How did the Australian sports officials handle these revelations? Did they even launch an inquiry? A convenient meeting was arranged with Reiterer. He came out of the meeting refusing to name names - having been offered a position as Drug Educator at the Sydney Olympic Games. Everything is now forgiven and everyone is happy.
The question that should be asked is whether it really is possible that his allegations had no foundation. If that were the case was it necessary to offer the teller of fibs a sweetener?
It is seldom that athletes from the United States are caught out on a random drug test. Perhaps it is not really because they are squeaky clean - but because they benefit from the quaint rule that exempts American athletes from drug tests if they are 80 miles away from the test site! It is not uncommon for these sportsmen, upon getting a tip-off about an impending test, to get into their cars, drive to a point a safe distance away and make the telephone call to say that they are unavailable for testing. By the time the rescheduled test is conducted, the athlete is clean.
Could international sports survive in the 21st century if all those taking drugs are found out? I think not. I don't believe that the likes of McDonalds or Coca Cola will want to pour their money into a drug infested Olympic Games. Obviously the authorities know this too, hence cover-up after cover-up.
It used to be said that winning was not as important as taking part - Not the Victory but the Struggle used to be the athletes' motto.
These days it appears that the criterion for success in sports is not even winning - but being able to win without being found out.
Selected as Sri Lanka's schoolboy cricketer of the year in Sri Lanka, Barney Reid went on to captain Melbourne University in Australia and then play county cricket for Durham in England. He is today a respected cricket coach and umpire in Melbourne.
By Annesley Ferreira
If one were to cognize the degree of organizational skills deployed by some super past swimmers holding corporate professional positions, one should read the "Sports Star" account of the Asiapac. The whole championships were run by a relatively new group of people of mix-ages, mostly young - who came together to make a huge success of it, and what it became to be. The late Honourable C.V. Gooneratne, who was the chief guest at the opening ceremony put it this way: "The bitter controversy was bared to the whole regional swimming world last evening. There are strong undercurrents working in the Sports Ministry. I hope none drown and may the better side win." In essence it capped the controversial involvement of the Ministry of Sports through the Directorate of the Sugathadasa Sports Complex. A newspaper said this of the 9th Asiapac, "The biggest sporting event with international participation to be held in Sri Lanka."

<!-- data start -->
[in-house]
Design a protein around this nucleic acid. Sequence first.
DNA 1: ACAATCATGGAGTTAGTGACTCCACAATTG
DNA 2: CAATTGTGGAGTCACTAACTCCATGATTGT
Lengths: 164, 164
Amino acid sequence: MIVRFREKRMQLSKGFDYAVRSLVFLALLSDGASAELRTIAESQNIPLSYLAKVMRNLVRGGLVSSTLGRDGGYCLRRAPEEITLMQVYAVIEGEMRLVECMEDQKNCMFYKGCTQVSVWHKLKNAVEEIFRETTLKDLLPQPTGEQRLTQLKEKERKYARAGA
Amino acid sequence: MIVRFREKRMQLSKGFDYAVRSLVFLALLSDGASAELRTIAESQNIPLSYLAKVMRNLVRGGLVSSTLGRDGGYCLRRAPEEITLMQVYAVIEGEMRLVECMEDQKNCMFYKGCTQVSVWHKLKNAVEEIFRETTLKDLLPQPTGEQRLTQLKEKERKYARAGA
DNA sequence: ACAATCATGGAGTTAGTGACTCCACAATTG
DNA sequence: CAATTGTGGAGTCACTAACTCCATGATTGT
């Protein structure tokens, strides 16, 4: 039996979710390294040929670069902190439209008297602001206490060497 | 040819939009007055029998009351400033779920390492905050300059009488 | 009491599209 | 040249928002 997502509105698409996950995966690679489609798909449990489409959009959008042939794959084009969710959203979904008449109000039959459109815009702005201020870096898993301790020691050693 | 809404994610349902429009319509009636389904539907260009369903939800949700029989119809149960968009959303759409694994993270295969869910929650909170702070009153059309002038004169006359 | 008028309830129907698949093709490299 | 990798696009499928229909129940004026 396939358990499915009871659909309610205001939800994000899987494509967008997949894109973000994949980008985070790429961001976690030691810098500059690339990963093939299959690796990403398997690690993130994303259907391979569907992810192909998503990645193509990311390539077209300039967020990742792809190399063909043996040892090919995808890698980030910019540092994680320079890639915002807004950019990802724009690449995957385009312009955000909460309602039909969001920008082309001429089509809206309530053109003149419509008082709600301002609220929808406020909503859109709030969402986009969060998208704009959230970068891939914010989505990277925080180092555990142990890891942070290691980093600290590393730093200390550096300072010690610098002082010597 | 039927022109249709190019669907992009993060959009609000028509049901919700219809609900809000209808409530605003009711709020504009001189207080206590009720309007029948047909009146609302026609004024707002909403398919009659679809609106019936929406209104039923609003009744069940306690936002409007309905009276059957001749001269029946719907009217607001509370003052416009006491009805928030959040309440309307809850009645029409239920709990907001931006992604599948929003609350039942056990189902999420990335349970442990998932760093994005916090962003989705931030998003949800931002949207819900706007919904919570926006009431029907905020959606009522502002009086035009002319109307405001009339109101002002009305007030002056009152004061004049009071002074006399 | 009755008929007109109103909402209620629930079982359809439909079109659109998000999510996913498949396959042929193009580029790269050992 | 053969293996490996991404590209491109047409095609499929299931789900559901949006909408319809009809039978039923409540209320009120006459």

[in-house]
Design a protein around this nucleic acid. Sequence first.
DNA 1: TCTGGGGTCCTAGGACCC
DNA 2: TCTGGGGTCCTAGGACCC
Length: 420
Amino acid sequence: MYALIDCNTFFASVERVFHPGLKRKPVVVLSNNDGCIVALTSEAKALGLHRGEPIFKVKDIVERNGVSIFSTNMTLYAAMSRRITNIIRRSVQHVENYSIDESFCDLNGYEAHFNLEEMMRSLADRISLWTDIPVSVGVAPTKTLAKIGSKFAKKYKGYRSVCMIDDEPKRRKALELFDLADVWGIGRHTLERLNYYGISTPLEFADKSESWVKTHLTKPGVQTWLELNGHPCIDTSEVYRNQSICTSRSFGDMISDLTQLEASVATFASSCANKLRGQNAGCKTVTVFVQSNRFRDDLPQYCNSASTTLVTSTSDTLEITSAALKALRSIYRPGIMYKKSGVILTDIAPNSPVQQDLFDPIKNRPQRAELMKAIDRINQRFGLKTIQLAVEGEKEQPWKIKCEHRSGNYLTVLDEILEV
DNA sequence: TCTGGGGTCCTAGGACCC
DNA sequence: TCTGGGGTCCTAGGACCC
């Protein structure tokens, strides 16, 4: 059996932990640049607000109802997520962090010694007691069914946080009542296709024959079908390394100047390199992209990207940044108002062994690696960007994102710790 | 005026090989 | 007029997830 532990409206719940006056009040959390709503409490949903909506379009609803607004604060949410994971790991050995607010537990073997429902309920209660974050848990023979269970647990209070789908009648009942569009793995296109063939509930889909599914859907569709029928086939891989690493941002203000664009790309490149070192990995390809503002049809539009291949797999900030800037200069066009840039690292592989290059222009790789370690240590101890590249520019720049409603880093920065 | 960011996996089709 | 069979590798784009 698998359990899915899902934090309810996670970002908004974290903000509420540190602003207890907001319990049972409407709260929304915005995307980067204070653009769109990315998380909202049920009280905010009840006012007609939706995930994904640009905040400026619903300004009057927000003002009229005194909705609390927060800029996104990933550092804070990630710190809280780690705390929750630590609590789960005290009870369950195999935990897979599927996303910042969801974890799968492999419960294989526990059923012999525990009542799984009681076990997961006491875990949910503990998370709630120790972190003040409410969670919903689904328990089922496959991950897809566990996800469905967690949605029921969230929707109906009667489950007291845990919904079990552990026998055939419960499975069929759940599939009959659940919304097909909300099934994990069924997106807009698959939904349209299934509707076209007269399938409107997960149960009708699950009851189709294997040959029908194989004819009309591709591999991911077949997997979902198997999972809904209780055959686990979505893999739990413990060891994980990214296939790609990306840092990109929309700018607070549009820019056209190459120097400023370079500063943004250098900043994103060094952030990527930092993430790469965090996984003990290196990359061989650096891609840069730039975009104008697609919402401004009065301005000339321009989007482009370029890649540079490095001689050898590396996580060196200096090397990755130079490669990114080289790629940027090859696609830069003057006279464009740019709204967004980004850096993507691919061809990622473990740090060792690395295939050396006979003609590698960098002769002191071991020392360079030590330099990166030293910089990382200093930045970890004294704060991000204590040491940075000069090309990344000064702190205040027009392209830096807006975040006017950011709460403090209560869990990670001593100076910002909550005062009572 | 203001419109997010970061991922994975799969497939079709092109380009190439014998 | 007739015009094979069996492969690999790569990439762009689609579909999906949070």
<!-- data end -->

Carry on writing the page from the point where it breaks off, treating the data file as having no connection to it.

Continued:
NAASU, as stated before, is still an anachronism of an organization born out of a family feud attempting to take control of the organization for their selfish ends. One influential faction calling themselves "NAASU" - got the then Sports Ministry support over the then Ceylon Amateur Swimming Association (CASA) - who were equally to be blamed as its then President was also an influential person, conducted the affairs of the CASA much to the harm of Aquatic Sport. This influential person and a decadent council affiliated organizations that had nothing to do with aquatic sports, including a nurses outfit - represented by a lot of servile and questionable affiliates supporting him for personal favours he gave he maxipulated to stay in office. It was really a clash of professions and personalities that they took out of the organization and/or aquatics that had been simmering for years before the breakaway became a necessity. Long before these "Carpetbaggers" came along, aquatic sports under CASA were full of dedicated and civilized administrators, who began it all in 1934, some of these impeccable persona were of the calibre of: Neville Jansz, Dudley Senanayake, Canon R.S. De Saram, Admiral G.M.R. De Mel, John Kerswill, to name a few. Since NAASU took hold of aquatic sports by a mediocre and an irrelevant lot, with this influential family in control and other shadowy associations, dominated aquatic sports - began the degradation of the swimming environment to what a sad situation it has come to be.
NAASU conducts some twenty one (21) meets throughout the year - figuring a little under two meets a month. Sixty percent (60%) of these meets are irrelevant and not a role for a controlling body of sports to hold - led to the substantial decline and erosion of this propular sport and highly respected, particularly, among clubs that were essentially engaged and enjoyed the sport of aquatics. Lack of knowledge alone of aquatic sports run largely by a group that has, litterally never seen a swimming pool - came to be in charge, creating havoc, a direct result of the decline of aquatic sports.